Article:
Week11-4up - STA 2023 c B.Presnell & D.Wackerly -...

Info iconThis preview shows page 1. Sign up to view the full content.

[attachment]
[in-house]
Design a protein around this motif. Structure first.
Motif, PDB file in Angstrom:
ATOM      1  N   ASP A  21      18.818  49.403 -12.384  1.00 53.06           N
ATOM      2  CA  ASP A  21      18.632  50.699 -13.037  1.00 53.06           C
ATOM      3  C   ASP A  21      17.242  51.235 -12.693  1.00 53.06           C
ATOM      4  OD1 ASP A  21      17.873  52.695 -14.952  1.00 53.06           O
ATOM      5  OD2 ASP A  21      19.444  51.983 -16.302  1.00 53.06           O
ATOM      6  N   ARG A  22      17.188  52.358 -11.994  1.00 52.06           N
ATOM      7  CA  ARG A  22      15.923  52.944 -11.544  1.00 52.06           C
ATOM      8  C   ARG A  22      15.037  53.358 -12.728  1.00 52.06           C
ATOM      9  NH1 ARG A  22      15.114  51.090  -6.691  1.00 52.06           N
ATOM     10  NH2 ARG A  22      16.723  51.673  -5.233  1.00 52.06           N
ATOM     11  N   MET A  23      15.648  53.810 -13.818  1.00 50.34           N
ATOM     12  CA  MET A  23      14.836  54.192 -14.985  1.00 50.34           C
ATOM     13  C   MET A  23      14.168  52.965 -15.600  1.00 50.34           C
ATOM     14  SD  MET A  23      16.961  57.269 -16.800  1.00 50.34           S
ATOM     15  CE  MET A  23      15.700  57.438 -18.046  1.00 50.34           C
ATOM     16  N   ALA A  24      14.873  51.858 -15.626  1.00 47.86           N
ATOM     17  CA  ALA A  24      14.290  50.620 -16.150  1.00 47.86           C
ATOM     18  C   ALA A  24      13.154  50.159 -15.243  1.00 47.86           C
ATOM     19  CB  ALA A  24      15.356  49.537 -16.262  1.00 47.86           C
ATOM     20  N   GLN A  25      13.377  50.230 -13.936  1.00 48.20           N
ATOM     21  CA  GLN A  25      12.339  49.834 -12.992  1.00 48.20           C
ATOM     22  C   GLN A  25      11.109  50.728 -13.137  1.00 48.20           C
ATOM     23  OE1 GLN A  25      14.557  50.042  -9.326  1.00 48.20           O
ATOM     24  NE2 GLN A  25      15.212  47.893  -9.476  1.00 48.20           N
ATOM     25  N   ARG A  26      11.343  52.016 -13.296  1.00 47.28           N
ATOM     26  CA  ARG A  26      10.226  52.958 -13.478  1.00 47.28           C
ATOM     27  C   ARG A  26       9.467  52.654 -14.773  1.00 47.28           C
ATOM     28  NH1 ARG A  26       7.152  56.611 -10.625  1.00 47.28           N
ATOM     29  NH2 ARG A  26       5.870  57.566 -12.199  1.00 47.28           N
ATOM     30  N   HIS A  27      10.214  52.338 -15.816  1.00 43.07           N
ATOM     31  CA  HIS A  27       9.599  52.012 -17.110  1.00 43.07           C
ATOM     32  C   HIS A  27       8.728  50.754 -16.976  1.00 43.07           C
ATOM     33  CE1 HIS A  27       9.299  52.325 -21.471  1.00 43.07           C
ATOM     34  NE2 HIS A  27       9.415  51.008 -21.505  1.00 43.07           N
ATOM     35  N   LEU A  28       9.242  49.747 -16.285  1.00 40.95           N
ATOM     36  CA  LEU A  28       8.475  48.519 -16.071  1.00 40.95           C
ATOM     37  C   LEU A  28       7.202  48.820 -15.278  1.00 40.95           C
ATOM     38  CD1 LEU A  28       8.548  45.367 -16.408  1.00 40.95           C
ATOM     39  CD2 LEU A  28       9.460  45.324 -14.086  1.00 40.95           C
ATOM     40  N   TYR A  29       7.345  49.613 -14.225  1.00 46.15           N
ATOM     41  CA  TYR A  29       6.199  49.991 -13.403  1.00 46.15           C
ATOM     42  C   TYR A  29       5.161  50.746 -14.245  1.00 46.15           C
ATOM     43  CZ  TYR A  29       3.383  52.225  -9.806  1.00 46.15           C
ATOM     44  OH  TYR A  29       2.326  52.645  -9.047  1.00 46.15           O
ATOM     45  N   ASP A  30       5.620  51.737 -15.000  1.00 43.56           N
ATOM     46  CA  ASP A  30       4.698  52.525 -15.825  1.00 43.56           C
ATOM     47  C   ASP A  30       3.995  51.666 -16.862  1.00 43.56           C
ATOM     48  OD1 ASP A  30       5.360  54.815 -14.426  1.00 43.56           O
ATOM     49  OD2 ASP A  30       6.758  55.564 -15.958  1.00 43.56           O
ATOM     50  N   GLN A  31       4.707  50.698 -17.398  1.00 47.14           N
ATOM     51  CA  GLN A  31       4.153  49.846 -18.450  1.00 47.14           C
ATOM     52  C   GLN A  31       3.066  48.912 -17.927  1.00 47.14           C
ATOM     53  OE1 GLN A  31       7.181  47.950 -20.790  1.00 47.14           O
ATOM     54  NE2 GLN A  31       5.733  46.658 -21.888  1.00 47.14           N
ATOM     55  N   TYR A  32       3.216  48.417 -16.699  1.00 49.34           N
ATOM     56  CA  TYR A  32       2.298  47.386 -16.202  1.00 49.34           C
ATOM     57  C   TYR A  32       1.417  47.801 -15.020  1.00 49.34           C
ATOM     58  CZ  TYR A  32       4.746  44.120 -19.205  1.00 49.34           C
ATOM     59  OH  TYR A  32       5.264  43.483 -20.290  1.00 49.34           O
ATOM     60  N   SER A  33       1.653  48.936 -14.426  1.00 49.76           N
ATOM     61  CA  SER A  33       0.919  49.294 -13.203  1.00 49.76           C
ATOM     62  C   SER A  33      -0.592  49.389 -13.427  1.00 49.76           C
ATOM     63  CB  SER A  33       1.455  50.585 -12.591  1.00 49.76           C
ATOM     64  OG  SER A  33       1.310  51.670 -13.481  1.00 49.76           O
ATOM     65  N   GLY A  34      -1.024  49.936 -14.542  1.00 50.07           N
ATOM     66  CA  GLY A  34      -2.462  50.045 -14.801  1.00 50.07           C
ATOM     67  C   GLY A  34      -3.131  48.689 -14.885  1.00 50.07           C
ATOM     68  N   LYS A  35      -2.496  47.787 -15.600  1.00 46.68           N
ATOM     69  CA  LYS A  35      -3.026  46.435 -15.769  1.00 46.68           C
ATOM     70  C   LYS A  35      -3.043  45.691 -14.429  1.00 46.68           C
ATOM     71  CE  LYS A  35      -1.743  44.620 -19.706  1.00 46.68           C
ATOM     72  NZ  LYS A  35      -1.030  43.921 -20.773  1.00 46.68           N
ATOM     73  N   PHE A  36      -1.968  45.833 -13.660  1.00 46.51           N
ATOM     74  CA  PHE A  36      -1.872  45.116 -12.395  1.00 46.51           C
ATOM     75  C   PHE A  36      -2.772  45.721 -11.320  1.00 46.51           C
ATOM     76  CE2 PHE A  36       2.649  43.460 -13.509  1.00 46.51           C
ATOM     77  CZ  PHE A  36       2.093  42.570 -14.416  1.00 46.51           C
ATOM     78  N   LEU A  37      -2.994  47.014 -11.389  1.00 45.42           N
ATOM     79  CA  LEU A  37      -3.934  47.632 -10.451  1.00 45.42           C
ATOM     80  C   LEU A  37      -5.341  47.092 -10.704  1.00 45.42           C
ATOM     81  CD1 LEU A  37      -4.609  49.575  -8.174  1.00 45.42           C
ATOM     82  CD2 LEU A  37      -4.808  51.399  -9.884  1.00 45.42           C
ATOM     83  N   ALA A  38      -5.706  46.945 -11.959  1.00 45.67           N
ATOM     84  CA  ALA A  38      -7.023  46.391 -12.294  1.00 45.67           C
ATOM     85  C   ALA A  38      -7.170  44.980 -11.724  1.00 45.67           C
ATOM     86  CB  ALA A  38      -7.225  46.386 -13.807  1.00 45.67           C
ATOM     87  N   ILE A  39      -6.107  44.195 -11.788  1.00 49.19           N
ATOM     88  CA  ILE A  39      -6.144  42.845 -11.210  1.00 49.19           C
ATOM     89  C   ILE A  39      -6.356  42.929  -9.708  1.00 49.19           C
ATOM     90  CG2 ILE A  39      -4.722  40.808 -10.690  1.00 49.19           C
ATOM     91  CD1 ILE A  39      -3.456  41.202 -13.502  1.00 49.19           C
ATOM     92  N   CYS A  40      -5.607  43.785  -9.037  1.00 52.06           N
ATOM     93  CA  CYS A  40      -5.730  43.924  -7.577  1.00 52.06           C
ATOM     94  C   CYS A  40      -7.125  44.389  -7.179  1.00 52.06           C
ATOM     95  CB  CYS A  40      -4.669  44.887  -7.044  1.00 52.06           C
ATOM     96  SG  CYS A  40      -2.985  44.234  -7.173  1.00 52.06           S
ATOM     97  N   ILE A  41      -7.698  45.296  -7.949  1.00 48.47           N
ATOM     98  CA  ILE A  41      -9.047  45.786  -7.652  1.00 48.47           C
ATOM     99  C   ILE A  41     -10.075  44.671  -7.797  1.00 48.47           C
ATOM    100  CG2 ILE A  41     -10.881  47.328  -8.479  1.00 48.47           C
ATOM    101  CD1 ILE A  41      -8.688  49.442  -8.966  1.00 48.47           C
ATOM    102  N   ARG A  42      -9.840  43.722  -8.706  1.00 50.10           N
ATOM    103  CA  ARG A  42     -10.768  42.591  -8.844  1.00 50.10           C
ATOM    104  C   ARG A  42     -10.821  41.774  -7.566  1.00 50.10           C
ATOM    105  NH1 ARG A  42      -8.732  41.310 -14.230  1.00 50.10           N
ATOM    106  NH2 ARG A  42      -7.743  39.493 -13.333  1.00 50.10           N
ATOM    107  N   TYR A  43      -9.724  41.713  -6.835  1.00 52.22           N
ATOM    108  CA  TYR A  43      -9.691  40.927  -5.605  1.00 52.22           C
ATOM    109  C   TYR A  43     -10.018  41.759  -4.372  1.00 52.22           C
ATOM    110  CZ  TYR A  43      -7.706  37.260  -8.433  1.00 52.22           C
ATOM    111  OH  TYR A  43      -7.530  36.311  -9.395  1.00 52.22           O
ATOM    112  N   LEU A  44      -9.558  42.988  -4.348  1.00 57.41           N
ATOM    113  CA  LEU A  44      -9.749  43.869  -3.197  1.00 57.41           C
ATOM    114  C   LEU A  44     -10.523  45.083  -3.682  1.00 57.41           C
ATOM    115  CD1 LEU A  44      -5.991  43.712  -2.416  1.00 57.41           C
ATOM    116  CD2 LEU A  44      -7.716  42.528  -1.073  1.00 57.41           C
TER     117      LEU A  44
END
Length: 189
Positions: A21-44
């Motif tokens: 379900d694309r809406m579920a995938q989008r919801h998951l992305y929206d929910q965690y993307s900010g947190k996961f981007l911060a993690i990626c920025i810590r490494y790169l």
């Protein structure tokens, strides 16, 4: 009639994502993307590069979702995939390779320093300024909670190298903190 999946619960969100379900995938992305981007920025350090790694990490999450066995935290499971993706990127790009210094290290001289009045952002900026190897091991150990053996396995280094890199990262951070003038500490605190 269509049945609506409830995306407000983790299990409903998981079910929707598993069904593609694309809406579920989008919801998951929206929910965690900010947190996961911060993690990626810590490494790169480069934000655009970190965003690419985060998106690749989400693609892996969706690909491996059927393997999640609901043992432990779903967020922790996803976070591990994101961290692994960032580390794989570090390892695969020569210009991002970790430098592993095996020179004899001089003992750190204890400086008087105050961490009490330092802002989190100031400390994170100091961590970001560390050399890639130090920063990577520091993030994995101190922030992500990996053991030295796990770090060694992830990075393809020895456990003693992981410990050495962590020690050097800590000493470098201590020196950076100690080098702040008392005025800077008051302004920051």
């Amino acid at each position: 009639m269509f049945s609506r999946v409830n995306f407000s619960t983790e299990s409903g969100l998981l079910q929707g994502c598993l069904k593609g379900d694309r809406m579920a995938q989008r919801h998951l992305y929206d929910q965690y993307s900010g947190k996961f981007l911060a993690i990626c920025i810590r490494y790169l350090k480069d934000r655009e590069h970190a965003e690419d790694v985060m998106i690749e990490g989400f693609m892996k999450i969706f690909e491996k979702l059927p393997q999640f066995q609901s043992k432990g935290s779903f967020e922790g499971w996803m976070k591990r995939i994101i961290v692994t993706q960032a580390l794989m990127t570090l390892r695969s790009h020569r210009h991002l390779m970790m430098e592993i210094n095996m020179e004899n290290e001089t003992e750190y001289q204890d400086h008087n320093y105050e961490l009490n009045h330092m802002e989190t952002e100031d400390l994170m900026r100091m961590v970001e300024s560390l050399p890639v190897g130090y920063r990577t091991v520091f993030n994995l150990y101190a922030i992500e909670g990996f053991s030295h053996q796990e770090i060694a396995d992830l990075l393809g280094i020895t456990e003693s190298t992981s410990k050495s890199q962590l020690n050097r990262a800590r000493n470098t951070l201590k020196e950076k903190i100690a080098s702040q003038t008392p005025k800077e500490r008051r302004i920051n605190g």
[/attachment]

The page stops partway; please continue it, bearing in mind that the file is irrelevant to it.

View Full Document Right Arrow Icon
This is the end of the preview. Sign up to access the rest of the document.